Like many of the businesses we’ve interviewed for the Digital Hume project, Bridge Road Brewers are listed on TripAdvisor. Generally, the brewery staff check review sites after busy periods like school holidays and long weekends, when many more customers are visiting the town. These also tend to place the most pressure on the business, when the brewery is most likely to book out their dinner tables. TripAdvisor is one of the most popular websites for restaurant and accommodation reviews, but Ben notes that the size and number of reviewers on the site can cause problems. When anyone can leave a review, there are no controls over whether those people actually visited the business – potentially letting inaccurate reviews bias potential visitors.

The review websites, blogs and forums used by the community of craft beer fans are generally seen as more valuable to the business, as they get exposure for the brewery among an audience who are more likely to travel out to the brewery, order online, or sign up for a Posse membership. As with any small business, it’s important to understand your target market and know where to find them online.

Communication and coordination at the Outdoor Education Group

For our latest Hume business case study, we spoke with Greg Caleo from OEG – the Outdoor Education Group, about how the Eildon-based company is communicating with customers and staff across the country.

Business overview

The Outdoor Education Group is one of the largest providers of journey-based outdoor education in Australia. Over the last 27 years we have delivered over 2 million student days in the outdoors. We have around 140 permanent staff in Victoria and NSW, and run school programs across Australia. These run from one-day to four-week expeditions, including dedicated Duke of Edinburgh Adventurous Journey programs. The majority of these programs are journey based and operate in public land, such as National Parks and State Forests. They typically involve activities such as bushwalking, canoeing, cycling, sea kayaking and rock climbing.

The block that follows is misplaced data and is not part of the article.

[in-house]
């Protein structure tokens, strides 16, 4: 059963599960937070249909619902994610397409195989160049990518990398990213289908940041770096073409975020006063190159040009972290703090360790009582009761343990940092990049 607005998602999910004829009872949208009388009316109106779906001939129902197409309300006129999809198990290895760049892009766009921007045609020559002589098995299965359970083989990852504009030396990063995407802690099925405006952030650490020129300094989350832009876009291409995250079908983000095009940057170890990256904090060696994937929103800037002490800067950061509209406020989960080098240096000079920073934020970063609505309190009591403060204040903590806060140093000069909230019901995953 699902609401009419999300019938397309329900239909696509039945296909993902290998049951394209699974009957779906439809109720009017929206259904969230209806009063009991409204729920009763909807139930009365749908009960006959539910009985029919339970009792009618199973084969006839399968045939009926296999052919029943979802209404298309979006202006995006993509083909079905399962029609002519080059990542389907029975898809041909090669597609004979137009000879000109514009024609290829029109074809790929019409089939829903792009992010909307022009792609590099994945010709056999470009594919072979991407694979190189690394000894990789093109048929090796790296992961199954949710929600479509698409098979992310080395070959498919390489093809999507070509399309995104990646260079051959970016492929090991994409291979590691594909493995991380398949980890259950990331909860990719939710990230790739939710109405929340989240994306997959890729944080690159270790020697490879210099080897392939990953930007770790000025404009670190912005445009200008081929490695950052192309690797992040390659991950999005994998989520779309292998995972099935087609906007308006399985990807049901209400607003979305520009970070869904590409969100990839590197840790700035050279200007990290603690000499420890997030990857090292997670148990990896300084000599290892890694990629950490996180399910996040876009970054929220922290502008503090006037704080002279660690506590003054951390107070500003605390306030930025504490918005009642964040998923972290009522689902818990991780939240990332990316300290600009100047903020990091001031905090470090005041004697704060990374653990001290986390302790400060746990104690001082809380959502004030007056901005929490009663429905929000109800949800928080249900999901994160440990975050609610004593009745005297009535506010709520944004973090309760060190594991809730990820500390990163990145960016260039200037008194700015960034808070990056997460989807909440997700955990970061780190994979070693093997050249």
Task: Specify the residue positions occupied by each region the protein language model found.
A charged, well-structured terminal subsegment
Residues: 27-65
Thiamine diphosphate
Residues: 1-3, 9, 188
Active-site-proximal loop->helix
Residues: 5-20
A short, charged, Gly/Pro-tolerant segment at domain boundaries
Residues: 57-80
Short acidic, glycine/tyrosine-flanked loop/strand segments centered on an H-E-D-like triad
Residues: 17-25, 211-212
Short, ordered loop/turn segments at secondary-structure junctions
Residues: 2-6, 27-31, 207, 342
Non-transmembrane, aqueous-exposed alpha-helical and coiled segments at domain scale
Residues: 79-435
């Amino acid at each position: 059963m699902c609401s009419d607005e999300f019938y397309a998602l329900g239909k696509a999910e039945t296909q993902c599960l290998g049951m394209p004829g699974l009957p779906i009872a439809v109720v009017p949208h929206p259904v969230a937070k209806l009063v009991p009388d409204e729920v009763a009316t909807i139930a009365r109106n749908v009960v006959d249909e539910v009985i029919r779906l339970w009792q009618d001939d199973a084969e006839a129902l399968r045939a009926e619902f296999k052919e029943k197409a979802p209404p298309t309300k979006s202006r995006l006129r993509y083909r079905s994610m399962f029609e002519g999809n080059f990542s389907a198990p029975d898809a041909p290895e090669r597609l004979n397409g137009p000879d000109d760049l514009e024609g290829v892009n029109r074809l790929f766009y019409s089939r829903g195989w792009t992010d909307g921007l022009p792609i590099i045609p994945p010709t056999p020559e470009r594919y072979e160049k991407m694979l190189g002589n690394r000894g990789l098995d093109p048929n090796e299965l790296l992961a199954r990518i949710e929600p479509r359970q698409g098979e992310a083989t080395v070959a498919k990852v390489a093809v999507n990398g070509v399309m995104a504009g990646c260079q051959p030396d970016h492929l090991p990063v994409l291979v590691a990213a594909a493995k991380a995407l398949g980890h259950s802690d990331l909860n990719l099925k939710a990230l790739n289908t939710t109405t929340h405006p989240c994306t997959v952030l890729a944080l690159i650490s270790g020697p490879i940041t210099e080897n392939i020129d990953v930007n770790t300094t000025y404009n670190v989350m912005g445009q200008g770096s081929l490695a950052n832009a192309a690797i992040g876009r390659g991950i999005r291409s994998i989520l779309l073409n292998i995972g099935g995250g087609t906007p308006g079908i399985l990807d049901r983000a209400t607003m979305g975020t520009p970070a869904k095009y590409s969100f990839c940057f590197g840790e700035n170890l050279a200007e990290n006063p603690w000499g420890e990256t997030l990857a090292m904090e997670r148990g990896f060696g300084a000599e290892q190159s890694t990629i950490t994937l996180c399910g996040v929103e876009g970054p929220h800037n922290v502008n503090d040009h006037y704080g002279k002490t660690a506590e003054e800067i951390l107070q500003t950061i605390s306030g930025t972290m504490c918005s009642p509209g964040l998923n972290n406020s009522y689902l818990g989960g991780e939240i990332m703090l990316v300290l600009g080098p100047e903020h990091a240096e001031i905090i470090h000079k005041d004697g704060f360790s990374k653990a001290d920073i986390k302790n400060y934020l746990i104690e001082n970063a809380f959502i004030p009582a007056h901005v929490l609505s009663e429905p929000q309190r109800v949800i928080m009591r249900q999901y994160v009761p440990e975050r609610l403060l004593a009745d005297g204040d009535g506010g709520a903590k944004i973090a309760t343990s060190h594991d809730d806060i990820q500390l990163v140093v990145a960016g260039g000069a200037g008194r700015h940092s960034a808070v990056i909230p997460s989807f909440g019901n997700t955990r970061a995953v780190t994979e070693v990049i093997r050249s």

Tell us about the web technologies you are using in the business

We have a public-facing website, providing information on our programs, outdoor education resources and contact details. The site also has a clients-only area where students, staff and parents can access information about their own programs.

Behind the scenes, we run various pieces of technology to communicate between offices and staff. Landline phones using a VOIP system, a large intranet, and VPN access to the network are some of the ways we communicate internally.

What benefits have you gained from using these tools?

As OEG is managed from many different locations, communication and coordination is key for us. Having resources able to be accessed from different parts of the country is very important for us to be able to deliver outldoor education. In particular, having our scheduling and prediction systems widely available has allowed people to be more aware of the “big picture”.

How do you plan to use high speed broadband in your business when the NBN arrives?

Just having actual high speed broadband with our current systems will be a big improvement, both at the server and client ends. It will mean that users can access bigger “chunks” of data at a time. We would also be hoping to improve our videoconferencing abilities, as well as being able to have more media content available online, like videos and podcasts.

What advice do you have for other businesses who want to maximise their use of web technologies?

Running businesses from rural areas can be made easier by having good systems. These need not be enormous applications; sometimes just being able to share and view calendars is a big step up! It is important to pick the technologies and applications that suit what you are trying to achieve, then put time into them so that they work in the best way for your business. Regardless of the different needs we have, a reliable high-speed network will improve all types of use!